As Gen Z begin to join the workplace, there are indications are that they are ambitious, career minded, entrepreneurial and motivated – at the moment anyway, by engaging work as much as by base line salary.
How do the generations differ?
These digital natives, able to construct a social media world around themselves that is entirely customised to their wants and needs. That said, they are not a different species from the generations that have gone before them. They still want to be led by honest bosses who communicate with them directly and value their opinions.
There are some factors that will make Gen Z a unique working generation in this post war era. They have grown up through, and can remember the impact of, the market crash and global recession of 2008. They have seen their parents lose jobs and homes, and have witnessed their older Gen Y siblings’ inability to get jobs, even after graduation. Around the world they have witnessed record levels of unemployment and civil unrest due to inequalities and political unrest. As if that was not enough, they are aware of the global challenges such as climate change, resource scarcity and urbanization that threaten the ecosystems necessary for a balanced life on earth.
As a result, this generation enters the world of work with a world view that values security, is realistic, rather than optimistic, yet with personal confidence in their ability and determination to succeed.
Understanding how to manage this new generation is critical for businesses to survive in the long term. It’s important to understand that many of the jobs that Gen Z will do in the future do not exist today, so strategies for keeping them engaged and productive need to be based on an understanding of their needs and goals. They need a good and purposeful career plan – that doesn’t tie them in to an employer long term. They need flexibility, quick promotions when they deliver, and no – fault exits when they move on. They want personal security, not in the sense of a life - long commitment from an employer, but in the sense of a transferable portfolio of skills that they can use as freelance contractors who solve problems with their specific skills. They expect to earn more than their parents, they expect time off to travel, and they expect free digital devices in order to be able to do their jobs properly. And yes – they expect a pension from the word go.
This generation will be working into their 70’s and are acutely aware of the need to take personal responsibility for their finances as they age. There are more changes to come, and certainly in Europe there is no way of knowing what governments will offer pensioners in 50 years’ time.
The secret to keeping this generation engaged is to harness their own individual motivations – one size will certainly not fit all for this self – aware age group. It’s important also to reflect their preference for immediacy, and for multi – tasking through the use of technology.
Three golden rules
- Make sure it is individually tailored and user-based: No longer can the benefits and incentives you offer come simply from the top down, determined by management. Gen Z are used to creating their own contexts, for example the online social networks they love are built and directed by users themselves. Without the users, the network would be an empty space filled with empty forms, tick boxes and applications. Users populate the network with both intent and content – uniquely tailored to themselves. It almost goes without saying that to keep them engaged, the incentive system must be user friendly and intuitive, encouraging activity and participation. It must also be comprehensive and identify all relevant goals – financial, operational and relational – so that people can invest their own effort in a way that meets all their needs.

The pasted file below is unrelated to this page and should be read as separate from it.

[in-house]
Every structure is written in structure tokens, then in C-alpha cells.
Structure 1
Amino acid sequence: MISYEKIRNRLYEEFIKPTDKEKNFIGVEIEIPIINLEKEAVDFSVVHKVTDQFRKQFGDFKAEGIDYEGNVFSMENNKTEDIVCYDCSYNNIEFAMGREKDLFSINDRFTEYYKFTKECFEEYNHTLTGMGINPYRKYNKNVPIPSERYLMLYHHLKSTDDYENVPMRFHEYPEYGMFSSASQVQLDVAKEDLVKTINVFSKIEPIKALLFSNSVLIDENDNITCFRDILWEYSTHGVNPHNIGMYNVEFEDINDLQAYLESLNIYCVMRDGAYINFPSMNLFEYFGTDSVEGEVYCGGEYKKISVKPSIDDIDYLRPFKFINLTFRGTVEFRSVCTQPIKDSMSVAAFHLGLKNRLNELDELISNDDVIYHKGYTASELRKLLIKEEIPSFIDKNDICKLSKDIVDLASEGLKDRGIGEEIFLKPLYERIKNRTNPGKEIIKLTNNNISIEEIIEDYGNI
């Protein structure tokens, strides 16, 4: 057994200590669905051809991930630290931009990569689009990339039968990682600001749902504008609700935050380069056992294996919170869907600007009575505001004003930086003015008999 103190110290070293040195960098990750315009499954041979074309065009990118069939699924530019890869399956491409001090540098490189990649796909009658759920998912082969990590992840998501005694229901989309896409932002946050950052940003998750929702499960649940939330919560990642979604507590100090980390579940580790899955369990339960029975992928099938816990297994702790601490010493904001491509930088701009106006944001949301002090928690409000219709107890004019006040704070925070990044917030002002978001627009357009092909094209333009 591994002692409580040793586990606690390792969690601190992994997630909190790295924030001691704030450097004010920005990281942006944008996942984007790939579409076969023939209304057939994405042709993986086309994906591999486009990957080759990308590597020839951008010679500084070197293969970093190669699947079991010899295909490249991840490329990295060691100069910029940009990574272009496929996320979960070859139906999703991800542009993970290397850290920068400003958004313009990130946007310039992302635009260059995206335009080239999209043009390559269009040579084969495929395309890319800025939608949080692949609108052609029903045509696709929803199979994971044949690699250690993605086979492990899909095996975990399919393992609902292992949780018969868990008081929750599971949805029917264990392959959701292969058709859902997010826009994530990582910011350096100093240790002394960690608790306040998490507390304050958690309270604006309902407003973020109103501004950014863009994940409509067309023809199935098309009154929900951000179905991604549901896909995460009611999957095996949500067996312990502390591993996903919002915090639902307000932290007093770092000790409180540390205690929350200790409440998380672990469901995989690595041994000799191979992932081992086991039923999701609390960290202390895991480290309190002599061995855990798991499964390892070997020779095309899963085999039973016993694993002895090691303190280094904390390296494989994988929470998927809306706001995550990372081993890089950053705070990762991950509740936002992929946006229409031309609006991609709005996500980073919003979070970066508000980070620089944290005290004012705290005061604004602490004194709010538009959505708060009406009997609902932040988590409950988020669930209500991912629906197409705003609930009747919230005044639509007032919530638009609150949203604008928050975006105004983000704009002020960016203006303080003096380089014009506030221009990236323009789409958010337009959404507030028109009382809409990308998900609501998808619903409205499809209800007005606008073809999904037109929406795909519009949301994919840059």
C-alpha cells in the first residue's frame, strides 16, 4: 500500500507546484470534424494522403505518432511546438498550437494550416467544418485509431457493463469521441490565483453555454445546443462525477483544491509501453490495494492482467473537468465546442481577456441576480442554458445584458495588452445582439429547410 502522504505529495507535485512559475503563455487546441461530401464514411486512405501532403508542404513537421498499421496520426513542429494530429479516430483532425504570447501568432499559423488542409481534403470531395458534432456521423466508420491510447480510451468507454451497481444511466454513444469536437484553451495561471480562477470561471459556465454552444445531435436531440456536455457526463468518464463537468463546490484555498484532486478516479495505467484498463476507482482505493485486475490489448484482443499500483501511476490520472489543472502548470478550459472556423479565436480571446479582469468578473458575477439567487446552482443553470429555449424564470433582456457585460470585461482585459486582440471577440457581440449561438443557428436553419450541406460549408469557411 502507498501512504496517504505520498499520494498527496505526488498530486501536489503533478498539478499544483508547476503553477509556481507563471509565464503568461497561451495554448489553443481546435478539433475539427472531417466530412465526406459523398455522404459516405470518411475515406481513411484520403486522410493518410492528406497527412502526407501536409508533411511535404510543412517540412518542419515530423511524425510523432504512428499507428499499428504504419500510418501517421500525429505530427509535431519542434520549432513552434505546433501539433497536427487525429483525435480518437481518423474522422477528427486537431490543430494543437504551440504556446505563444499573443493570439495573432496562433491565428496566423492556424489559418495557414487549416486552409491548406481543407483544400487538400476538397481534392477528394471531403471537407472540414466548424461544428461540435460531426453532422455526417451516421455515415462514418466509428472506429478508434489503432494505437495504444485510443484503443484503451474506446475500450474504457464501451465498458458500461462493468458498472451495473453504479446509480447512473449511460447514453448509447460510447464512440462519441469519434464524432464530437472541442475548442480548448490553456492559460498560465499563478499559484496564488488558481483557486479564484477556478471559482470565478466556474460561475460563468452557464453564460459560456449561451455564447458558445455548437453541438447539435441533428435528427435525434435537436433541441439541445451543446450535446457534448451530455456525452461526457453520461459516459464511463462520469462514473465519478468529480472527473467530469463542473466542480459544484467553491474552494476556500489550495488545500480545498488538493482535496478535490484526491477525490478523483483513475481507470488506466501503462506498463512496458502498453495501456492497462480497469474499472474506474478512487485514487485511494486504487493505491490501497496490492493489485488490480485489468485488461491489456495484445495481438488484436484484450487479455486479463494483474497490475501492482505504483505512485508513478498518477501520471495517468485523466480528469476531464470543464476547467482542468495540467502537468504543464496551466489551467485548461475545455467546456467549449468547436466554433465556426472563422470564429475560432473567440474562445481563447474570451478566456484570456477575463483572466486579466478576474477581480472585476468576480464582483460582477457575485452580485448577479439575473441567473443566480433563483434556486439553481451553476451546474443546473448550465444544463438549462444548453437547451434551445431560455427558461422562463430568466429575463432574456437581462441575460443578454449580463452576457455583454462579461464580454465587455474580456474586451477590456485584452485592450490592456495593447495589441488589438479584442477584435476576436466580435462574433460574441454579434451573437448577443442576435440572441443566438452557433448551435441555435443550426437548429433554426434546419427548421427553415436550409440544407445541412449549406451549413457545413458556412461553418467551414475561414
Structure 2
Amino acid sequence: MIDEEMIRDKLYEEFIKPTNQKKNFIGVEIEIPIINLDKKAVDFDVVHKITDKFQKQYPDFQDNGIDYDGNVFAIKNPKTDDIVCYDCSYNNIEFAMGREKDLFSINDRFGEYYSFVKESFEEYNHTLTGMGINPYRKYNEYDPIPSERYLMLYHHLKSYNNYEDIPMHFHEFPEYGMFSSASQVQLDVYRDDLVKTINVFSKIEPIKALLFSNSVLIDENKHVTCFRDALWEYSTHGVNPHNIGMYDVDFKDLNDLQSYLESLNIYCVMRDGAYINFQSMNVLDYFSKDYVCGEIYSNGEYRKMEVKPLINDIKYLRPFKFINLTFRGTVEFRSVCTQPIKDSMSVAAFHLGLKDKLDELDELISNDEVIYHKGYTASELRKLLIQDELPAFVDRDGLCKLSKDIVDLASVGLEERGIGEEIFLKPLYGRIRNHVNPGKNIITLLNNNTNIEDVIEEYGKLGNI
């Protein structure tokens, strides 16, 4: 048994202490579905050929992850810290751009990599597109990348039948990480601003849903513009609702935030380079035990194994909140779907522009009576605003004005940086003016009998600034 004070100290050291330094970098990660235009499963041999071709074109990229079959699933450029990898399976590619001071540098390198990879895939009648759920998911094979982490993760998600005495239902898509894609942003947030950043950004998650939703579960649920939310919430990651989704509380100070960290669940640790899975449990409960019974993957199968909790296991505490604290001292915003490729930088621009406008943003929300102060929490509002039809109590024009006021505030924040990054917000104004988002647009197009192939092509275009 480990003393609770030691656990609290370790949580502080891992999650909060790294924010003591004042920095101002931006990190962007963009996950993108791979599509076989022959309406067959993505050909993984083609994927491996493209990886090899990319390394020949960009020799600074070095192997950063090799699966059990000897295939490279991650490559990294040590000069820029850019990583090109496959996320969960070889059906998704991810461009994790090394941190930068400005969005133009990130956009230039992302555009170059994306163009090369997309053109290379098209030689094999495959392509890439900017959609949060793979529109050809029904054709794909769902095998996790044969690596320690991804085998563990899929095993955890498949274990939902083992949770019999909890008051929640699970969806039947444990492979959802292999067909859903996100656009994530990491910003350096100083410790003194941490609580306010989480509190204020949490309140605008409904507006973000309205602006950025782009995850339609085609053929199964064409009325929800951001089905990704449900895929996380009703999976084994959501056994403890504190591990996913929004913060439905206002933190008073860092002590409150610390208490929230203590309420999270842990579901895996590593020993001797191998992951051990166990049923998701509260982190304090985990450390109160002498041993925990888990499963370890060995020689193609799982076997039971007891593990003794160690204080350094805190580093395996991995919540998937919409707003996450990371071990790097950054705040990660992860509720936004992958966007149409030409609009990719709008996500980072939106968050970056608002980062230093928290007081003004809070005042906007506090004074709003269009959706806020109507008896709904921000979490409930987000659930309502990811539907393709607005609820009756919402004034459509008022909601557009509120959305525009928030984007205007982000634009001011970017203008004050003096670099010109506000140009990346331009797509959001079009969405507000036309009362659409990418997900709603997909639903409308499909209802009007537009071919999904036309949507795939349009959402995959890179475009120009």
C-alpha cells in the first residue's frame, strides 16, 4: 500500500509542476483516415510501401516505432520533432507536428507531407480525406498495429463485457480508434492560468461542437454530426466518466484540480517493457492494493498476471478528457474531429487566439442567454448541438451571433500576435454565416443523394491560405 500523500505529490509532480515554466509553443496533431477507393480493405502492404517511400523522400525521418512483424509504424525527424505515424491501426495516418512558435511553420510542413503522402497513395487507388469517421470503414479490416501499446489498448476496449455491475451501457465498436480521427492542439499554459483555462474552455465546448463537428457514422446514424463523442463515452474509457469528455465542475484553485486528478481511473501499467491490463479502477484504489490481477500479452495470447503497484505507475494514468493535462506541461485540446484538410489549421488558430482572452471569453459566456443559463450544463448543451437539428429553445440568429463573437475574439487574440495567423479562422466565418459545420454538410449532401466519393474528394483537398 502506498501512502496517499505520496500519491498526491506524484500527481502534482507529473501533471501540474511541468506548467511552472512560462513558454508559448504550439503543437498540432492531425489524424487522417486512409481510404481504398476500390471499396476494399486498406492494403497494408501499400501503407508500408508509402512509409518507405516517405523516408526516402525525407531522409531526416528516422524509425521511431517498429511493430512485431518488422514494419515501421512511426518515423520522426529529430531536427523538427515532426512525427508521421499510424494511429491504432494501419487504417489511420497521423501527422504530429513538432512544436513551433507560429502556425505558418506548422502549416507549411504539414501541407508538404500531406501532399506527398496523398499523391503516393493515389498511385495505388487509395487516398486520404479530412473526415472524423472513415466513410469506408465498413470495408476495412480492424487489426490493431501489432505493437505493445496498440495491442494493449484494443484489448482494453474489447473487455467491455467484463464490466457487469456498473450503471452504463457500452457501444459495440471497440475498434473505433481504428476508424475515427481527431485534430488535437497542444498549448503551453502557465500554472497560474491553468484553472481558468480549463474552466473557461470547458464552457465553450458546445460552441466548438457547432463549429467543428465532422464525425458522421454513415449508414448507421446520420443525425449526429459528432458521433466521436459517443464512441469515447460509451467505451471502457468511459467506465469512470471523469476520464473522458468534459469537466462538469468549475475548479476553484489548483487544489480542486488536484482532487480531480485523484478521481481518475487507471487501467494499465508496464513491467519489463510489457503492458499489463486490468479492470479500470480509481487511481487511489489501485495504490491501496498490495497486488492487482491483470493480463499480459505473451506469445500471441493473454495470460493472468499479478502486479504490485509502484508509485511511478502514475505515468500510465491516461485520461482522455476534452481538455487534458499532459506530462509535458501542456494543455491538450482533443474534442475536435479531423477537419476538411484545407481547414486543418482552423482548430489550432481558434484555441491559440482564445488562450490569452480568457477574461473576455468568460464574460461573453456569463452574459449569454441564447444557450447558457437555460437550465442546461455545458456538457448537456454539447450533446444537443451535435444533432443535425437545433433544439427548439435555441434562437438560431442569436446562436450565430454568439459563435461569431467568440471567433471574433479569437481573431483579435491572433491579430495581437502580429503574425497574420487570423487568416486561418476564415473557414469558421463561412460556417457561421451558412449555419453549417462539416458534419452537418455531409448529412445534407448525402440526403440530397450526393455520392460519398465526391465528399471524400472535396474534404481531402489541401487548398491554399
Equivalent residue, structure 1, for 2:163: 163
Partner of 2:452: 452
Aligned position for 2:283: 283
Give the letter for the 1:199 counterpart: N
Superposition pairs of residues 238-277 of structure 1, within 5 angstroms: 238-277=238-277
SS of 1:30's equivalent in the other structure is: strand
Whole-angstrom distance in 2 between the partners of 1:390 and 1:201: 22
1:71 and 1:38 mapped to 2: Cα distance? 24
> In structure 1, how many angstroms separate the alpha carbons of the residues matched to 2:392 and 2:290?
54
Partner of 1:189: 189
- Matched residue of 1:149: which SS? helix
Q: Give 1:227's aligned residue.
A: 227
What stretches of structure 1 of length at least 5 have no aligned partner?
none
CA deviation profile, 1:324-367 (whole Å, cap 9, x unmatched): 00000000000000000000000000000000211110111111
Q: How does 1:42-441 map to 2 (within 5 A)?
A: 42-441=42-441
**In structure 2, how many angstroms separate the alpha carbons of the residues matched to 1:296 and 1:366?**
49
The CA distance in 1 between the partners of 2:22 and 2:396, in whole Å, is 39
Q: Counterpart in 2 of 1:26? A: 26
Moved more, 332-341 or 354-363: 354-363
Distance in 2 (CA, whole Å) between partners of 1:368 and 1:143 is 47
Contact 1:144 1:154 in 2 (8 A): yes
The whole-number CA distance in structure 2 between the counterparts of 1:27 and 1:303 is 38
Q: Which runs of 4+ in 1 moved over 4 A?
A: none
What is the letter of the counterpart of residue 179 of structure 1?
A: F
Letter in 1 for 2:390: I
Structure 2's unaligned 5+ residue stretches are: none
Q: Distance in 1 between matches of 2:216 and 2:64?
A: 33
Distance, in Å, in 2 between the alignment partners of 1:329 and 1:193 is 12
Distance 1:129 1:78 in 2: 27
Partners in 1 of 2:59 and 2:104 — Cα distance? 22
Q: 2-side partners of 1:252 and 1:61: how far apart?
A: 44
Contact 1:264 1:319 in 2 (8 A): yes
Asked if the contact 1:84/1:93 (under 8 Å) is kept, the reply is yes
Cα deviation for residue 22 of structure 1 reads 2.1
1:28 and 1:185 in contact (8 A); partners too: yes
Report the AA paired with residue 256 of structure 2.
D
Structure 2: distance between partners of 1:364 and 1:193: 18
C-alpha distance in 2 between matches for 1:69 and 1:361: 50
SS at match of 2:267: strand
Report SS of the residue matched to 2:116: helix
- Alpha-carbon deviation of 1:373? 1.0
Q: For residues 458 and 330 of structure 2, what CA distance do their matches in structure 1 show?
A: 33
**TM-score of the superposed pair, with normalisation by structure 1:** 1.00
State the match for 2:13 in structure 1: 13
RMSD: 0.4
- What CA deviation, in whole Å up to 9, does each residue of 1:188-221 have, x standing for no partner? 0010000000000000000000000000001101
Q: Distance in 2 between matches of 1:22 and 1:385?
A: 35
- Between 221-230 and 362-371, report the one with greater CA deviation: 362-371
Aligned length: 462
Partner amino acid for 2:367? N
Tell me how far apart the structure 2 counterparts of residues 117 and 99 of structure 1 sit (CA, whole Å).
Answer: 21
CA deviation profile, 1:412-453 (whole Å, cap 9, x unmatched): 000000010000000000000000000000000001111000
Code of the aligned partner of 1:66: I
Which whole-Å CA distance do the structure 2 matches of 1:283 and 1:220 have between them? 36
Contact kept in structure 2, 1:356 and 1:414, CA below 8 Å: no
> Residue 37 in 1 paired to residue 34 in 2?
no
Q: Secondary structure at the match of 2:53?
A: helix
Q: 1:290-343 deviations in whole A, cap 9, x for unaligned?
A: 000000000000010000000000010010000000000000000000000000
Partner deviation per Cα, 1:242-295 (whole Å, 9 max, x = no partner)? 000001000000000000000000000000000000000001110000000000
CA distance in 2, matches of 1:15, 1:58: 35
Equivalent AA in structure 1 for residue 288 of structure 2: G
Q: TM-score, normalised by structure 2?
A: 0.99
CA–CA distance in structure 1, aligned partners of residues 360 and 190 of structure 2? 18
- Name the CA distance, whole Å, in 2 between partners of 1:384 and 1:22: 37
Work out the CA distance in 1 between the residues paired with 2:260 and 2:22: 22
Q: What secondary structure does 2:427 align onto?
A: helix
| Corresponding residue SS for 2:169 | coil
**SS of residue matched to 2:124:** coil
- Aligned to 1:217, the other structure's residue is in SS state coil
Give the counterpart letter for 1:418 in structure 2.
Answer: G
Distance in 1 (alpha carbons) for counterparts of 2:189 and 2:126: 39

- Make sure it is truly interactive: Another characteristic of the Gen Z group is that they are hugely interdependent and interactive. This means that they create communities whereby reciprocal information is key. Managing their engagement cannot rely solely on monitoring, metric based components but need to include proactive and interactive elements as well. Much of their energy is directed towards community concepts. This means that just like communities or networks around the world they are founded on the common beliefs, values or activities or their members. Fit-for-purpose engagement and performance management systems of the future will incorporate collaborative mechanisms to share performance feedback anywhere, any time; real-time updates of goals and development, and eventually include online social networks with sub-communities of organizational stakeholders with vested interests in creating shared value.
- Relationships: Unlike engagement systems of the past, future ones will thrive on relationships. The more mentoring and coaching relationships that are included within the network, the more it will speak to the dual needs of less autocratic leadership and more personalized management. Individuals will become established as the center of their personalized, but interactive networks.
The future offers a unique challenge to both HR professionals who will choose new systems and platforms to implement and develop, and for the line managers who must make them work. Gen Z will watch the next decades warily, will put energy into managing their futures and will work well for employers who will support them in doing so.
The shift to excellence in employee engagement for the 21st century will not necessarily be easy. New thinking and skills will be required. Managing unique individuals within complex networks, and understanding the needs of both will require sophisticated technical support and systems. However, the ‘value-add’ will be significant – it will be evidenced in the productivity, efficiency and engagement of this talented generation, and demonstrable to employees, employers and investors alike.